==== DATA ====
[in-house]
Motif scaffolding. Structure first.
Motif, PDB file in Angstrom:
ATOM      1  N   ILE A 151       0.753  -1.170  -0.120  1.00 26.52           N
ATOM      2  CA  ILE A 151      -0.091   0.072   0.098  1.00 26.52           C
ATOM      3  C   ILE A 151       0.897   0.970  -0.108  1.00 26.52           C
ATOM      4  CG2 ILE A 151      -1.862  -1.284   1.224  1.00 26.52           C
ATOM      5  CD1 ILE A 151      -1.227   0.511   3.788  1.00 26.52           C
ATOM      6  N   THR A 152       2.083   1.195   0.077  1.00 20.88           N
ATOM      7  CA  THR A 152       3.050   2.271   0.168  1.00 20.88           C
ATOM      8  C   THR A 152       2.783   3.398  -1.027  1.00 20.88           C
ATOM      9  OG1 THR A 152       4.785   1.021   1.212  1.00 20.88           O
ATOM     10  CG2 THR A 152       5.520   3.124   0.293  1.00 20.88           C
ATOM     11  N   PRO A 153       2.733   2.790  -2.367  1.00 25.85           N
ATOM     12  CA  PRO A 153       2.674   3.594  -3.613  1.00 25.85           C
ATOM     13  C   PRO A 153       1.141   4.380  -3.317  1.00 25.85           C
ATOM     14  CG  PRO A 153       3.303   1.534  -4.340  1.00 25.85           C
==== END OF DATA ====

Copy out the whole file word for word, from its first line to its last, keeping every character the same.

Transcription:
[in-house]
Motif scaffolding. Structure first.
Motif, PDB file in Angstrom:
ATOM      1  N   ILE A 151       0.753  -1.170  -0.120  1.00 26.52           N
ATOM      2  CA  ILE A 151      -0.091   0.072   0.098  1.00 26.52           C
ATOM      3  C   ILE A 151       0.897   0.970  -0.108  1.00 26.52           C
ATOM      4  CG2 ILE A 151      -1.862  -1.284   1.224  1.00 26.52           C
ATOM      5  CD1 ILE A 151      -1.227   0.511   3.788  1.00 26.52           C
ATOM      6  N   THR A 152       2.083   1.195   0.077  1.00 20.88           N
ATOM      7  CA  THR A 152       3.050   2.271   0.168  1.00 20.88           C
ATOM      8  C   THR A 152       2.783   3.398  -1.027  1.00 20.88           C
ATOM      9  OG1 THR A 152       4.785   1.021   1.212  1.00 20.88           O
ATOM     10  CG2 THR A 152       5.520   3.124   0.293  1.00 20.88           C
ATOM     11  N   PRO A 153       2.733   2.790  -2.367  1.00 25.85           N
ATOM     12  CA  PRO A 153       2.674   3.594  -3.613  1.00 25.85           C
ATOM     13  C   PRO A 153       1.141   4.380  -3.317  1.00 25.85           C
ATOM     14  CG  PRO A 153       3.303   1.534  -4.340  1.00 25.85           C